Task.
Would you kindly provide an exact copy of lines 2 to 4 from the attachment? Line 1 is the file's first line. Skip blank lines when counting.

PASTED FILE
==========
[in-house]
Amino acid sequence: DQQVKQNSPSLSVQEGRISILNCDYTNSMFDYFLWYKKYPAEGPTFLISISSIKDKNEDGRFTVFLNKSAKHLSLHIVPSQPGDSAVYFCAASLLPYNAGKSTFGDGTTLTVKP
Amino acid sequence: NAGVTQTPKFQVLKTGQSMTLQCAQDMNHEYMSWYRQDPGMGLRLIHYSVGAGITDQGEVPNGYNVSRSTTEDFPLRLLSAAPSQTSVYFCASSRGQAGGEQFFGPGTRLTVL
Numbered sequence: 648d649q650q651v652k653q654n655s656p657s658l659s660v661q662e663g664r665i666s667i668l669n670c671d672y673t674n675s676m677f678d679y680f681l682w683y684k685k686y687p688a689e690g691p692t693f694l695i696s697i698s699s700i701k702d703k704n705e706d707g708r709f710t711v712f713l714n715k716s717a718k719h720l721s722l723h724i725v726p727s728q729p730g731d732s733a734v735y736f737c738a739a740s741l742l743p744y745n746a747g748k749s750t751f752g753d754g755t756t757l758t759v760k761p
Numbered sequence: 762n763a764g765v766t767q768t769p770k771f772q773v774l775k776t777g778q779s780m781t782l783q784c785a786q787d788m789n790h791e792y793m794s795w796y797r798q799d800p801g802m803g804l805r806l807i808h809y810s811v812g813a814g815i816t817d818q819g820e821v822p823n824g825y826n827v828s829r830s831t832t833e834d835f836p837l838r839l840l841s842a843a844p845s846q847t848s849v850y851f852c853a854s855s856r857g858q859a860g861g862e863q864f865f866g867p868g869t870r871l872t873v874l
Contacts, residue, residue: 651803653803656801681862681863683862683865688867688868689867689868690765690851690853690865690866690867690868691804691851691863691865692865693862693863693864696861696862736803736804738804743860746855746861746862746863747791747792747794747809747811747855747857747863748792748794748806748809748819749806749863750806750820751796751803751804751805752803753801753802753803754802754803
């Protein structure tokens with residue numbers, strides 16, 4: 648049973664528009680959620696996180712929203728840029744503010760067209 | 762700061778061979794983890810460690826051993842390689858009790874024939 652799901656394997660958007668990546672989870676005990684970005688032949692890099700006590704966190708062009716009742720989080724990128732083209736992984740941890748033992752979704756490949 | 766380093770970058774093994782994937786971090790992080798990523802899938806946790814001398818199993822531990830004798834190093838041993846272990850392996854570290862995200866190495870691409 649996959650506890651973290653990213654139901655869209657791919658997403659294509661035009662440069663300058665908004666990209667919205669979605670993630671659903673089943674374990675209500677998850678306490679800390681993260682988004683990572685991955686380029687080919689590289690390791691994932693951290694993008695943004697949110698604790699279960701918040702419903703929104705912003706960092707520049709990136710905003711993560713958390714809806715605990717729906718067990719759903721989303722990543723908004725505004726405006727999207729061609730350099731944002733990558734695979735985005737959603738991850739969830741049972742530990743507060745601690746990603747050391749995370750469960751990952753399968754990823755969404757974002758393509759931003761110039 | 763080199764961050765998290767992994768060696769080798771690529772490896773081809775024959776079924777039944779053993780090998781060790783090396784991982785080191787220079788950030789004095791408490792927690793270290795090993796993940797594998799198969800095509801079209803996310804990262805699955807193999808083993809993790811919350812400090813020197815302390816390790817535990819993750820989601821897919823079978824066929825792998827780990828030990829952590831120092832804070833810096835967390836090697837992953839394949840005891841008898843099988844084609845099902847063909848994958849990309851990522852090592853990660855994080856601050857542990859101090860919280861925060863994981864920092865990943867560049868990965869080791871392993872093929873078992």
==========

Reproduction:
Amino acid sequence: DQQVKQNSPSLSVQEGRISILNCDYTNSMFDYFLWYKKYPAEGPTFLISISSIKDKNEDGRFTVFLNKSAKHLSLHIVPSQPGDSAVYFCAASLLPYNAGKSTFGDGTTLTVKP
Amino acid sequence: NAGVTQTPKFQVLKTGQSMTLQCAQDMNHEYMSWYRQDPGMGLRLIHYSVGAGITDQGEVPNGYNVSRSTTEDFPLRLLSAAPSQTSVYFCASSRGQAGGEQFFGPGTRLTVL
Numbered sequence: 648d649q650q651v652k653q654n655s656p657s658l659s660v661q662e663g664r665i666s667i668l669n670c671d672y673t674n675s676m677f678d679y680f681l682w683y684k685k686y687p688a689e690g691p692t693f694l695i696s697i698s699s700i701k702d703k704n705e706d707g708r709f710t711v712f713l714n715k716s717a718k719h720l721s722l723h724i725v726p727s728q729p730g731d732s733a734v735y736f737c738a739a740s741l742l743p744y745n746a747g748k749s750t751f752g753d754g755t756t757l758t759v760k761p